Actors turned directors shine at Toronto film festival

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Hollywood's biggest stars are carving out acclaimed roles for themselves behind the lens, but Toronto film festival audiences this week bemoaned seeing them less on screen as a result.

Several mostly American actors moonlighting as directors presented new movies at the film festival this week. Many also appeared in the films.

But the heavier workload of directing has often meant fewer overall roles in movies, said many of the actors.

"It's too bad," said one woman outside the Scotiabank cinema. "They're such wonderful actors."

Ben Affleck unveiled here his second film as a director, "The Town," to rave reviews. His younger brother Casey also was in town with his documentary "I'm Still Here," about Joaquin Phoenix's fledgling rap career.

As well, Philip Seymour Hoffman, who won an Oscar in 2005 for his performance in "Capote," made his directorial debut with "Jack Goes Boating" and Clint Eastwood and Robert Redford premiered their latest gems "Hereafter" and "The Conspirator," respectively.

"I've always wanted to do both" acting and directing, said Emmy-nominated actor David Schwimmer, in Toronto to premiere his film "Truth." But developing and "directing a film takes quite a long time."

"After realizing just how much time and energy it takes to direct a film - two, three, four years of your life - I think I would only do films that mean something to me, that are personal to me," he said.

He noted, however, that he has not been offered many roles since the hit television series "Friends" wrapped up in 2004 after a 10-year run.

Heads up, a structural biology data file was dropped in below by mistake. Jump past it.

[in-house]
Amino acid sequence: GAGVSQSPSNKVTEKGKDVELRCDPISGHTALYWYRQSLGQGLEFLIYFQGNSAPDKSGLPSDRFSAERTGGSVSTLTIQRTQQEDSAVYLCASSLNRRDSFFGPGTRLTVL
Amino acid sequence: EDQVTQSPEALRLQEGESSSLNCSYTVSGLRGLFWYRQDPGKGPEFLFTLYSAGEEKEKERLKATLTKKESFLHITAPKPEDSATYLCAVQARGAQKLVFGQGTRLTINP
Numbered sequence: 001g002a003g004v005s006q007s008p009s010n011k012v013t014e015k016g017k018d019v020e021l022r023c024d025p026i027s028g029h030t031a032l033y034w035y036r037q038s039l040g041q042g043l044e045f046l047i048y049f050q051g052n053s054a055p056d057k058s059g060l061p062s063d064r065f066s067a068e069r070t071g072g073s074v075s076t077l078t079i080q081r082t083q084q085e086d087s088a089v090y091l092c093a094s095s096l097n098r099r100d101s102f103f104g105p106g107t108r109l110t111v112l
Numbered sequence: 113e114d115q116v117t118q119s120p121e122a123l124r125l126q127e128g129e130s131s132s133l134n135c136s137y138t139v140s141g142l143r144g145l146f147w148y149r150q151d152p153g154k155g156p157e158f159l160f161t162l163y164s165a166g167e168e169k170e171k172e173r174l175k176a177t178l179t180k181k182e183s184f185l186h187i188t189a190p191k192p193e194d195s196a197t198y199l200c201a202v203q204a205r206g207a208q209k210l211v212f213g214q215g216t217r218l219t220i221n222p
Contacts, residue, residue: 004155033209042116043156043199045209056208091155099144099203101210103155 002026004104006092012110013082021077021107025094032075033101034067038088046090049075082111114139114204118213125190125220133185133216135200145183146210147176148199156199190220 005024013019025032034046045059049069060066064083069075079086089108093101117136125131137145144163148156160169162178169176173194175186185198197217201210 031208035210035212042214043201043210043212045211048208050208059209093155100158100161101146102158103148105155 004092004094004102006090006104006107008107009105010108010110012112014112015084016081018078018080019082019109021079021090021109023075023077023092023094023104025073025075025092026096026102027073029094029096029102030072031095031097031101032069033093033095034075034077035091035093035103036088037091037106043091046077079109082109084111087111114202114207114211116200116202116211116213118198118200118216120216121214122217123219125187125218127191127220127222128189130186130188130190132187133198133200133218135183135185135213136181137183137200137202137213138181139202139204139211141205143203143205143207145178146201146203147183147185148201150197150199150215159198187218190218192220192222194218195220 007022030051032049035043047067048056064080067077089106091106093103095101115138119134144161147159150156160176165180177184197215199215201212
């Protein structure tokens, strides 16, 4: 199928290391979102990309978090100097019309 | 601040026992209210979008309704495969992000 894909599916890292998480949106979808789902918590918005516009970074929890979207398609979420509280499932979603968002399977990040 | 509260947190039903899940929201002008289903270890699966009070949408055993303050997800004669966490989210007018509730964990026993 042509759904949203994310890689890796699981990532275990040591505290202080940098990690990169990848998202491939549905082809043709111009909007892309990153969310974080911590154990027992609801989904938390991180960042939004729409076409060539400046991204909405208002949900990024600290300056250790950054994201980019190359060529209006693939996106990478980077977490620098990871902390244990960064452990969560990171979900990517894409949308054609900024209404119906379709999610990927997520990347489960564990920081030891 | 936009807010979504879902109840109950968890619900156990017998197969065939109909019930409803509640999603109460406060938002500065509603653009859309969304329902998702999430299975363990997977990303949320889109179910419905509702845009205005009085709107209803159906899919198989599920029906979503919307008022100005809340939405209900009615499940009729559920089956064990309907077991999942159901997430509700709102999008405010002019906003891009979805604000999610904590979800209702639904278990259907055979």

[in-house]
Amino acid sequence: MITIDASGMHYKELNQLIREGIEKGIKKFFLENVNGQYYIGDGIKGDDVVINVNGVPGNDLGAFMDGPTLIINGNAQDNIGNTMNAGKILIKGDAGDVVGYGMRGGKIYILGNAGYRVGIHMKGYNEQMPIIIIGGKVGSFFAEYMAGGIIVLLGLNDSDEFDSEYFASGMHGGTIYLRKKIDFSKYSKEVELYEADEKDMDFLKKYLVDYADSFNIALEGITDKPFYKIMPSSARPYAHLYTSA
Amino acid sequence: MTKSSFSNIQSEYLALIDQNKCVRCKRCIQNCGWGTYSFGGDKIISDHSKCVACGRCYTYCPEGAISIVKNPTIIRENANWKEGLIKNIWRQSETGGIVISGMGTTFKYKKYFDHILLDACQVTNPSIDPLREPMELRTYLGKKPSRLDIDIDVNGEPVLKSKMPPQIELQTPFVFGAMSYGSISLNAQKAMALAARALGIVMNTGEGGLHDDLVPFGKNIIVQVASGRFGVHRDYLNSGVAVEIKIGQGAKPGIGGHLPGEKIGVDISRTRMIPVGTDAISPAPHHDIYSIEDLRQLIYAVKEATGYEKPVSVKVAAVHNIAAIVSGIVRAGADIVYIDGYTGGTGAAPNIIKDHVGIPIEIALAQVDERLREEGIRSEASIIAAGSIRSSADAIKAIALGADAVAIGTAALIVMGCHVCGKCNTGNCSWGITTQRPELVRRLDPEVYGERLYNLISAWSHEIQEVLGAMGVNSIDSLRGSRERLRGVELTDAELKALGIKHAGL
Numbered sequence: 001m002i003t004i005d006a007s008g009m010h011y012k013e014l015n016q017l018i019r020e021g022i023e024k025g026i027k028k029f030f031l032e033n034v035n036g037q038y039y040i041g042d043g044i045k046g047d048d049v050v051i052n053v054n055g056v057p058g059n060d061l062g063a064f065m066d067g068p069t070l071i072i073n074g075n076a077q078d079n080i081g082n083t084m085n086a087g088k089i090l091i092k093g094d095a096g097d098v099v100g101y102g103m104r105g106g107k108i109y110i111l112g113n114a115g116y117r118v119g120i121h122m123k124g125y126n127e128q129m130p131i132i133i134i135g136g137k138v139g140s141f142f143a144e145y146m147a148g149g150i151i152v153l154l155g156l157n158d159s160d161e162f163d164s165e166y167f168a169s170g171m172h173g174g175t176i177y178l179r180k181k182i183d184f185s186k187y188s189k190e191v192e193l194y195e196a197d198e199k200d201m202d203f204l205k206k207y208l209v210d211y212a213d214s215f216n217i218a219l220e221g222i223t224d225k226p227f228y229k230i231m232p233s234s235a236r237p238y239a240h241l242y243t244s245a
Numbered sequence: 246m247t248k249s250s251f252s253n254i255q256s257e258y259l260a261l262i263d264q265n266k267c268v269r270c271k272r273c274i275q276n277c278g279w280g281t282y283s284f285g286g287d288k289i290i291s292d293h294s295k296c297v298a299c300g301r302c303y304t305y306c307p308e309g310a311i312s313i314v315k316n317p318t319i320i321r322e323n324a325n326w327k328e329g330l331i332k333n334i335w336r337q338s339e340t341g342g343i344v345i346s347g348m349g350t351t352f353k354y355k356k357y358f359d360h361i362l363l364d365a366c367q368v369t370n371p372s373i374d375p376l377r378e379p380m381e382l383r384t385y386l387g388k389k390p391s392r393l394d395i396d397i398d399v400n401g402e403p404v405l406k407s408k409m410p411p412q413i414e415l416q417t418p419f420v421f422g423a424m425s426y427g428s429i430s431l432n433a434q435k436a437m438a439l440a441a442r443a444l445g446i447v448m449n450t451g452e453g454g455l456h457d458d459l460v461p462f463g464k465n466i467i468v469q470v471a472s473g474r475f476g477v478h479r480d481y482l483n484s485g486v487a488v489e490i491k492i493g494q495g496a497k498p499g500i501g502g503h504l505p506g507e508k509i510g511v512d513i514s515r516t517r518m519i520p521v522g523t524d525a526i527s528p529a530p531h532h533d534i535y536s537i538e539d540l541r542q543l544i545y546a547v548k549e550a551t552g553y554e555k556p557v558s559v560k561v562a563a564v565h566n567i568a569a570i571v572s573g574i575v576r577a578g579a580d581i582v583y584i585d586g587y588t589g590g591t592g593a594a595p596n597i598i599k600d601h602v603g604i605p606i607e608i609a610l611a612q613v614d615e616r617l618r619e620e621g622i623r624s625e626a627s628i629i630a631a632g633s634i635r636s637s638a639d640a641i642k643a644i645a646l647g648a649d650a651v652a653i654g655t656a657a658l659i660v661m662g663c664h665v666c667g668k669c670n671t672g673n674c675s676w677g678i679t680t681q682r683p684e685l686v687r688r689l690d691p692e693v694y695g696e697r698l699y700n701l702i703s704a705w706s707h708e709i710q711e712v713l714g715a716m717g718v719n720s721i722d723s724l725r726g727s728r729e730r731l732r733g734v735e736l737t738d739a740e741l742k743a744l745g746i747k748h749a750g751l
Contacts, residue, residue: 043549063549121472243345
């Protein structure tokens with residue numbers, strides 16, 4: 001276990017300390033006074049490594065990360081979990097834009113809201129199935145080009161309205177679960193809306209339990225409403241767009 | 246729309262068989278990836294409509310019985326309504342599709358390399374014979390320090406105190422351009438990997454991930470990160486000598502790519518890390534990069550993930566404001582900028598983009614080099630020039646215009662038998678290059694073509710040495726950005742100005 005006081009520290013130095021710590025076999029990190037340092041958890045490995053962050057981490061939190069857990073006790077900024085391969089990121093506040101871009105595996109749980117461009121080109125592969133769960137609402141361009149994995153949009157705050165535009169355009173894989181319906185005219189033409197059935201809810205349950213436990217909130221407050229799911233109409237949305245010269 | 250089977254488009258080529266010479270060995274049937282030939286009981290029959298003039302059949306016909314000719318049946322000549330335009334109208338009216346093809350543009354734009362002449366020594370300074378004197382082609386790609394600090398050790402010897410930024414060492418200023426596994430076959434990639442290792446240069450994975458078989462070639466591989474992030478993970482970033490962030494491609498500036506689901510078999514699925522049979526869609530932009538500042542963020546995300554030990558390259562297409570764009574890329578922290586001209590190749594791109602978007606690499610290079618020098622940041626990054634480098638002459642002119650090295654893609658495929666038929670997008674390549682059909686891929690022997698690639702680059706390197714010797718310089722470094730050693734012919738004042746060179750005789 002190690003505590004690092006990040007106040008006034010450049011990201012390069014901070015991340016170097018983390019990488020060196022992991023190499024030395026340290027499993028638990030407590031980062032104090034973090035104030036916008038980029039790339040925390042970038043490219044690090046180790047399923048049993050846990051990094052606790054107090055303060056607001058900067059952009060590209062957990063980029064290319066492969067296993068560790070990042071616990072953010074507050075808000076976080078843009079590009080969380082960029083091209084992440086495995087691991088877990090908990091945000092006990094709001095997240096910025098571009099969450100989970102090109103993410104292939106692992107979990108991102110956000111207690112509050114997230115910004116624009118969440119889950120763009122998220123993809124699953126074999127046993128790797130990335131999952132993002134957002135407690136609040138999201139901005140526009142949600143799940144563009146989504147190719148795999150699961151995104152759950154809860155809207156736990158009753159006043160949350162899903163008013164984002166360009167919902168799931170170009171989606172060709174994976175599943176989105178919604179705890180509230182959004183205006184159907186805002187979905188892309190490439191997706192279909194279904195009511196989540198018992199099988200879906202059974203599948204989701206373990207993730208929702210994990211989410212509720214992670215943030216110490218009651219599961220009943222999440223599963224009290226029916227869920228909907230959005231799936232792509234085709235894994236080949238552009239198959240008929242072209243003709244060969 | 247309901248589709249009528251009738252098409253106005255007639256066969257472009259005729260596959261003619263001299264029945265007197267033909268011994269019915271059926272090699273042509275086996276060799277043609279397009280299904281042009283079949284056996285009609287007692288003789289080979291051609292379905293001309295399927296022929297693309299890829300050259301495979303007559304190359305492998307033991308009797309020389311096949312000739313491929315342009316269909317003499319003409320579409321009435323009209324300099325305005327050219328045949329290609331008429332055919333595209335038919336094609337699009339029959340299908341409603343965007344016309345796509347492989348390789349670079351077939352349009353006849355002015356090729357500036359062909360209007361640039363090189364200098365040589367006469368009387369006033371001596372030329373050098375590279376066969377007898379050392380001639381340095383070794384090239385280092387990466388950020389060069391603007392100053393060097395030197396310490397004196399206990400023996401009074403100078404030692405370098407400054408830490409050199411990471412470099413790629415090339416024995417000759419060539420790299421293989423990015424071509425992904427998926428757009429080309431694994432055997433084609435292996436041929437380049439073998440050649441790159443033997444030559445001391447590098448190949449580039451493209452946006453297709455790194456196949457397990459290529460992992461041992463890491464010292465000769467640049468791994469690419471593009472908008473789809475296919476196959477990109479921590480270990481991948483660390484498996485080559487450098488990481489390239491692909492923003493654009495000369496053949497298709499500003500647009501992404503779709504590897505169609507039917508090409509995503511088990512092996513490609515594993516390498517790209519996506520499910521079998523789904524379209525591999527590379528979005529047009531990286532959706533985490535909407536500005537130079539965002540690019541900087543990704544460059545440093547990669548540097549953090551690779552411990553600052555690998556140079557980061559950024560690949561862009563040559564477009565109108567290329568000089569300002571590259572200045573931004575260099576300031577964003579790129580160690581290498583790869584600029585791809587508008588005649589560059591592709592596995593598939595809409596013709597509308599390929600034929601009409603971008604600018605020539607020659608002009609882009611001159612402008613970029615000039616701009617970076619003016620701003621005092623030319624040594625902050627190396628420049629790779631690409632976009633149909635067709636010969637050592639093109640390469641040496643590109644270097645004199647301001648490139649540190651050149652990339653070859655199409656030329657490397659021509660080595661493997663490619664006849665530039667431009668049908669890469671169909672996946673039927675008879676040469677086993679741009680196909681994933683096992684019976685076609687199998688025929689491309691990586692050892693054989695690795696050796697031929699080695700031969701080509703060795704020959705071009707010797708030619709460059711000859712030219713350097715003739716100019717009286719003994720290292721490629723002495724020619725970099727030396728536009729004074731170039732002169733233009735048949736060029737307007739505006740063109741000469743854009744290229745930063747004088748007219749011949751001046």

Hollywood icon Robert De Niro, meanwhile, told a news conference for John Curran's film "Stone," also starring Ed Norton and Milla Jovovich, that he sees himself only directing three more films, at most.

De Niro made his directorial debut in 1993 with "A Bronx Tale" and followed it up in 2006 with "The Good Sheppard," starring Matt Damon and Angelina Jolie.

Ben Affleck's "The Town," which premiered in Venice and was a gala presentation at the Toronto film festival, is only the second film he has directed, after his acclaimed "Gone Baby Gone" in 2007.

"I didn't come here (as a director) because others were doing it," he commented.

"I think maybe this trend is emblematic that there are terrific directors out there who also happen to be actors," he opined, adding: "This isn't something new."

Affleck pointed to Clint Eastwood, Warren Beatty, and "even Orson Welles did both." Other recent examples include Ron Howard, Sydney Pollack, Sofia Coppola and Sean Penn.

"From the outside, it looks like we've got these hard lines that we can't step over: you're an actor, you're a writer, you're a cinematographer, you're an editor, but in effect they're all part of the same soup and it's a sort of natural organic progression to go from one to the other," Affleck said.

"I love acting. I also like directing, so maybe I'm greedy... I see them as compatible," he said.

As a director, "it's also nice to never have to go into the makeup trailer in the morning," he wisecracked.